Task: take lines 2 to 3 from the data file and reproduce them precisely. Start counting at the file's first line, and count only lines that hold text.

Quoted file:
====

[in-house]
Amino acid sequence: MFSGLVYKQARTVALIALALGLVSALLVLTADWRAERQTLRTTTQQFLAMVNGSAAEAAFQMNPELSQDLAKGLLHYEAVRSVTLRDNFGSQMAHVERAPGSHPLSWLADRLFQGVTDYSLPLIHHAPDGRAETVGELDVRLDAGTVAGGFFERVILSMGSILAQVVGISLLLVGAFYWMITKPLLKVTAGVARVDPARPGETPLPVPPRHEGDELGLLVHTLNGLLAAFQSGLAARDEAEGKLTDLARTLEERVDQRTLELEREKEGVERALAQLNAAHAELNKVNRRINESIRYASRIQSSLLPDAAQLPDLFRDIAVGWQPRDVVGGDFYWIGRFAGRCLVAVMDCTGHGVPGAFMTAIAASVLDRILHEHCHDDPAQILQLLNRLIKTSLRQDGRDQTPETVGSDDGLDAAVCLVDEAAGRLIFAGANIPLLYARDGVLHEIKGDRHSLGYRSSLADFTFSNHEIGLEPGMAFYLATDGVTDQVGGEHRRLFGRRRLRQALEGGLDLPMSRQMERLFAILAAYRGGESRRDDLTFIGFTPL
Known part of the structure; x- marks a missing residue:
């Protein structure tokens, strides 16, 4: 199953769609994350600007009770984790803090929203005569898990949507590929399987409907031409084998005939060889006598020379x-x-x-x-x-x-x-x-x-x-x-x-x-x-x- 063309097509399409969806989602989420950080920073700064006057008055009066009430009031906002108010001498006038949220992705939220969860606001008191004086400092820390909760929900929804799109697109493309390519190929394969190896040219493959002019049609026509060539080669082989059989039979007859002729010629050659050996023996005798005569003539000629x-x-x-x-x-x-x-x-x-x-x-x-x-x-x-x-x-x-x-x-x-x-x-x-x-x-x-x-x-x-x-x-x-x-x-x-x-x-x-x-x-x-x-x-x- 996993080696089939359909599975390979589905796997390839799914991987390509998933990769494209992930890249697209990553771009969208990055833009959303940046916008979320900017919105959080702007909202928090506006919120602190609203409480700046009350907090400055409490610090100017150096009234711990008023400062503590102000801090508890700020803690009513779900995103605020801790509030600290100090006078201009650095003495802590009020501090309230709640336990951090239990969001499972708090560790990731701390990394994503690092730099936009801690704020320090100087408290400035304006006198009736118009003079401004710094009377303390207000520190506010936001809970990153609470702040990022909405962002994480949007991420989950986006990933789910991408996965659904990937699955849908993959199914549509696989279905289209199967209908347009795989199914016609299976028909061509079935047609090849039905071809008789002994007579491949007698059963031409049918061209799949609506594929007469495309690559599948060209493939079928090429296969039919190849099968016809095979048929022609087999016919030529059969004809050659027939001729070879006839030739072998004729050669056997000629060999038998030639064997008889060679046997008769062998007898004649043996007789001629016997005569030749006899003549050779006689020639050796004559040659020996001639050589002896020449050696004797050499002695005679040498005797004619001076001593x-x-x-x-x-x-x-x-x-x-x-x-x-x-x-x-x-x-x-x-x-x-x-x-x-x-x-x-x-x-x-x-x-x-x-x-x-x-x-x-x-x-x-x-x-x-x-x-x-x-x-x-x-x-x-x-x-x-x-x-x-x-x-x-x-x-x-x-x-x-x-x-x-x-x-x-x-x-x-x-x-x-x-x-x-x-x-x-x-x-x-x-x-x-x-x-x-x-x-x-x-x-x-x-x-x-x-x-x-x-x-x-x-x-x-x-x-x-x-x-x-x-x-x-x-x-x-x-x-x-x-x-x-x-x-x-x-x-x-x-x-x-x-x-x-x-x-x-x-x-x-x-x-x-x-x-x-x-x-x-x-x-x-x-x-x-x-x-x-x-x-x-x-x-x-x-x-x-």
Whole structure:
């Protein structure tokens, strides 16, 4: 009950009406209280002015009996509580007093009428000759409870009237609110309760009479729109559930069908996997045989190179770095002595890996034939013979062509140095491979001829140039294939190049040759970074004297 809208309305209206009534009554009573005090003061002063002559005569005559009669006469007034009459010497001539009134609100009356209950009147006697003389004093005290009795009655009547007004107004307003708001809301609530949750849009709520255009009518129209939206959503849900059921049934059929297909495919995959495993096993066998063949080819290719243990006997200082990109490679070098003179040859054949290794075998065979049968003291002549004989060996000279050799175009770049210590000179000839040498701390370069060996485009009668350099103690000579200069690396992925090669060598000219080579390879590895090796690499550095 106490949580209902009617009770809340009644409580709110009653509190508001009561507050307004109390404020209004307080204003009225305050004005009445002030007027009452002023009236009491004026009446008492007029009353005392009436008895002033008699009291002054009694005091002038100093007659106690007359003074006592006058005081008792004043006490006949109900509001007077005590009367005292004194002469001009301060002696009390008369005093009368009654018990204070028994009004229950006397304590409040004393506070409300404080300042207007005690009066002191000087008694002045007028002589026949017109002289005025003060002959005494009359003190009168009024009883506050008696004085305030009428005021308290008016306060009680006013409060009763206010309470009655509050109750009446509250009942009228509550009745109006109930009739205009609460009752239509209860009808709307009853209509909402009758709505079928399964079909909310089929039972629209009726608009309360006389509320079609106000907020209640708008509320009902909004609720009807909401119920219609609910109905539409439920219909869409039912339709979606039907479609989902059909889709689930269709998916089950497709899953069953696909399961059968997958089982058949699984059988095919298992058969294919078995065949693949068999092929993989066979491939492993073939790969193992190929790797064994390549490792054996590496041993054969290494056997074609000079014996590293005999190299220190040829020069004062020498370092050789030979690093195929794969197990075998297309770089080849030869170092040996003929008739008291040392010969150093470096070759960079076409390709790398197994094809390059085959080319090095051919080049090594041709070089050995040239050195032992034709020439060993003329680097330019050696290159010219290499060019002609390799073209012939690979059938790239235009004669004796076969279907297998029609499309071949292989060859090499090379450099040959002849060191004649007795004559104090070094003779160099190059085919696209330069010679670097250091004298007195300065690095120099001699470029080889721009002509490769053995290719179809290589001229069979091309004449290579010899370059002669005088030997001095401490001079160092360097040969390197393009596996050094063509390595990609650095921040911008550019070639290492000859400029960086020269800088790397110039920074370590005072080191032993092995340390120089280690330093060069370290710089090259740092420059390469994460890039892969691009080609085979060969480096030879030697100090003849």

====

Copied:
Amino acid sequence: MFSGLVYKQARTVALIALALGLVSALLVLTADWRAERQTLRTTTQQFLAMVNGSAAEAAFQMNPELSQDLAKGLLHYEAVRSVTLRDNFGSQMAHVERAPGSHPLSWLADRLFQGVTDYSLPLIHHAPDGRAETVGELDVRLDAGTVAGGFFERVILSMGSILAQVVGISLLLVGAFYWMITKPLLKVTAGVARVDPARPGETPLPVPPRHEGDELGLLVHTLNGLLAAFQSGLAARDEAEGKLTDLARTLEERVDQRTLELEREKEGVERALAQLNAAHAELNKVNRRINESIRYASRIQSSLLPDAAQLPDLFRDIAVGWQPRDVVGGDFYWIGRFAGRCLVAVMDCTGHGVPGAFMTAIAASVLDRILHEHCHDDPAQILQLLNRLIKTSLRQDGRDQTPETVGSDDGLDAAVCLVDEAAGRLIFAGANIPLLYARDGVLHEIKGDRHSLGYRSSLADFTFSNHEIGLEPGMAFYLATDGVTDQVGGEHRRLFGRRRLRQALEGGLDLPMSRQMERLFAILAAYRGGESRRDDLTFIGFTPL
Known part of the structure; x- marks a missing residue: